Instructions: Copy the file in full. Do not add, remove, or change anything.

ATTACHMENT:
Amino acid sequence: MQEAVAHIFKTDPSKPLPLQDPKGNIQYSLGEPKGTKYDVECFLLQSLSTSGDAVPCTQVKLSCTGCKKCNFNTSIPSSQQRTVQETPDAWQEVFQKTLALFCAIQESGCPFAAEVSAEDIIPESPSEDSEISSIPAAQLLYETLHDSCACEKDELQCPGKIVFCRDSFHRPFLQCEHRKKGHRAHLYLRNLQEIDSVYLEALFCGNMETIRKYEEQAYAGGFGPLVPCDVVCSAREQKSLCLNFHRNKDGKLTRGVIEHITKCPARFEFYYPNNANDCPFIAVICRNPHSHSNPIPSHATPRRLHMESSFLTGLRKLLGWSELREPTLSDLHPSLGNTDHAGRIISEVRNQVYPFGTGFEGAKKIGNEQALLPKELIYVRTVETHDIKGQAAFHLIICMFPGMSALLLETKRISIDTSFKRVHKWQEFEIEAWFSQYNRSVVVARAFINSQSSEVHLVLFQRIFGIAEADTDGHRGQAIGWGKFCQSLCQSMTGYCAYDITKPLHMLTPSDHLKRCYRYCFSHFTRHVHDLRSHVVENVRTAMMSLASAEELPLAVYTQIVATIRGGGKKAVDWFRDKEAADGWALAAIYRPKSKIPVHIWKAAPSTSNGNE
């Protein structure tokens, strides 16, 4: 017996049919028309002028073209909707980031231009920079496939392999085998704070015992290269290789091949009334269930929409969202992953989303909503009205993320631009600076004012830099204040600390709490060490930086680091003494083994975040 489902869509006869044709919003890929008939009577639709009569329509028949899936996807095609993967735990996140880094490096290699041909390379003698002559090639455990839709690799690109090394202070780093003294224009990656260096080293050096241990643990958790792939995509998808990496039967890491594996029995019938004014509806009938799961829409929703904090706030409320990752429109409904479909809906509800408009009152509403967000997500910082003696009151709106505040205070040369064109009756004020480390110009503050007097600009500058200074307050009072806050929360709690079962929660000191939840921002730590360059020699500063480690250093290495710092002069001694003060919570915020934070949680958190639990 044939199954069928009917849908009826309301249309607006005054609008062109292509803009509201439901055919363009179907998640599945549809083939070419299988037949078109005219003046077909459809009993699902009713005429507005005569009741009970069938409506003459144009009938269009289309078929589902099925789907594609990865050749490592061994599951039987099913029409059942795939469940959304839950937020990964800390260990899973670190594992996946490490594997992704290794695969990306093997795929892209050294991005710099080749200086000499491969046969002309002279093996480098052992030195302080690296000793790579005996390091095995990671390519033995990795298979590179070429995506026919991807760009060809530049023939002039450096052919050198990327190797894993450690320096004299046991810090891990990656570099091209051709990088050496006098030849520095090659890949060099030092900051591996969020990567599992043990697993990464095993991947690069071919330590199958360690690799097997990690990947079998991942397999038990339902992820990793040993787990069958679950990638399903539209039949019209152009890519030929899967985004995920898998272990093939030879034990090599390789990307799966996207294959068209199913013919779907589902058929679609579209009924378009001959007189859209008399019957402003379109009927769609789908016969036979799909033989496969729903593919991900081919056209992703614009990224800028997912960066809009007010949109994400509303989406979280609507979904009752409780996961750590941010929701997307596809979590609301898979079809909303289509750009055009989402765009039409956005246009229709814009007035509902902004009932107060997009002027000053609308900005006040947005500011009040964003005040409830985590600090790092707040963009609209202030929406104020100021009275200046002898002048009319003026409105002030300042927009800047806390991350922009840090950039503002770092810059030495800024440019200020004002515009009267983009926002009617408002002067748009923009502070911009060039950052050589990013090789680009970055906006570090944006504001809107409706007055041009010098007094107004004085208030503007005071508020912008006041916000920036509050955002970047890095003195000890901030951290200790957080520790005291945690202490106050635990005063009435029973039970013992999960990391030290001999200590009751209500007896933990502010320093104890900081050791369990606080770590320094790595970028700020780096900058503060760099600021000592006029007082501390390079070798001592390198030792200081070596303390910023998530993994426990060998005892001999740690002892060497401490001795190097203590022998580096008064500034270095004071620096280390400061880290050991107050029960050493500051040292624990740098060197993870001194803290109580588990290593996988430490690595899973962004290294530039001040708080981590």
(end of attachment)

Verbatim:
Amino acid sequence: MQEAVAHIFKTDPSKPLPLQDPKGNIQYSLGEPKGTKYDVECFLLQSLSTSGDAVPCTQVKLSCTGCKKCNFNTSIPSSQQRTVQETPDAWQEVFQKTLALFCAIQESGCPFAAEVSAEDIIPESPSEDSEISSIPAAQLLYETLHDSCACEKDELQCPGKIVFCRDSFHRPFLQCEHRKKGHRAHLYLRNLQEIDSVYLEALFCGNMETIRKYEEQAYAGGFGPLVPCDVVCSAREQKSLCLNFHRNKDGKLTRGVIEHITKCPARFEFYYPNNANDCPFIAVICRNPHSHSNPIPSHATPRRLHMESSFLTGLRKLLGWSELREPTLSDLHPSLGNTDHAGRIISEVRNQVYPFGTGFEGAKKIGNEQALLPKELIYVRTVETHDIKGQAAFHLIICMFPGMSALLLETKRISIDTSFKRVHKWQEFEIEAWFSQYNRSVVVARAFINSQSSEVHLVLFQRIFGIAEADTDGHRGQAIGWGKFCQSLCQSMTGYCAYDITKPLHMLTPSDHLKRCYRYCFSHFTRHVHDLRSHVVENVRTAMMSLASAEELPLAVYTQIVATIRGGGKKAVDWFRDKEAADGWALAAIYRPKSKIPVHIWKAAPSTSNGNE
């Protein structure tokens, strides 16, 4: 017996049919028309002028073209909707980031231009920079496939392999085998704070015992290269290789091949009334269930929409969202992953989303909503009205993320631009600076004012830099204040600390709490060490930086680091003494083994975040 489902869509006869044709919003890929008939009577639709009569329509028949899936996807095609993967735990996140880094490096290699041909390379003698002559090639455990839709690799690109090394202070780093003294224009990656260096080293050096241990643990958790792939995509998808990496039967890491594996029995019938004014509806009938799961829409929703904090706030409320990752429109409904479909809906509800408009009152509403967000997500910082003696009151709106505040205070040369064109009756004020480390110009503050007097600009500058200074307050009072806050929360709690079962929660000191939840921002730590360059020699500063480690250093290495710092002069001694003060919570915020934070949680958190639990 044939199954069928009917849908009826309301249309607006005054609008062109292509803009509201439901055919363009179907998640599945549809083939070419299988037949078109005219003046077909459809009993699902009713005429507005005569009741009970069938409506003459144009009938269009289309078929589902099925789907594609990865050749490592061994599951039987099913029409059942795939469940959304839950937020990964800390260990899973670190594992996946490490594997992704290794695969990306093997795929892209050294991005710099080749200086000499491969046969002309002279093996480098052992030195302080690296000793790579005996390091095995990671390519033995990795298979590179070429995506026919991807760009060809530049023939002039450096052919050198990327190797894993450690320096004299046991810090891990990656570099091209051709990088050496006098030849520095090659890949060099030092900051591996969020990567599992043990697993990464095993991947690069071919330590199958360690690799097997990690990947079998991942397999038990339902992820990793040993787990069958679950990638399903539209039949019209152009890519030929899967985004995920898998272990093939030879034990090599390789990307799966996207294959068209199913013919779907589902058929679609579209009924378009001959007189859209008399019957402003379109009927769609789908016969036979799909033989496969729903593919991900081919056209992703614009990224800028997912960066809009007010949109994400509303989406979280609507979904009752409780996961750590941010929701997307596809979590609301898979079809909303289509750009055009989402765009039409956005246009229709814009007035509902902004009932107060997009002027000053609308900005006040947005500011009040964003005040409830985590600090790092707040963009609209202030929406104020100021009275200046002898002048009319003026409105002030300042927009800047806390991350922009840090950039503002770092810059030495800024440019200020004002515009009267983009926002009617408002002067748009923009502070911009060039950052050589990013090789680009970055906006570090944006504001809107409706007055041009010098007094107004004085208030503007005071508020912008006041916000920036509050955002970047890095003195000890901030951290200790957080520790005291945690202490106050635990005063009435029973039970013992999960990391030290001999200590009751209500007896933990502010320093104890900081050791369990606080770590320094790595970028700020780096900058503060760099600021000592006029007082501390390079070798001592390198030792200081070596303390910023998530993994426990060998005892001999740690002892060497401490001795190097203590022998580096008064500034270095004071620096280390400061880290050991107050029960050493500051040292624990740098060197993870001194803290109580588990290593996988430490690595899973962004290294530039001040708080981590």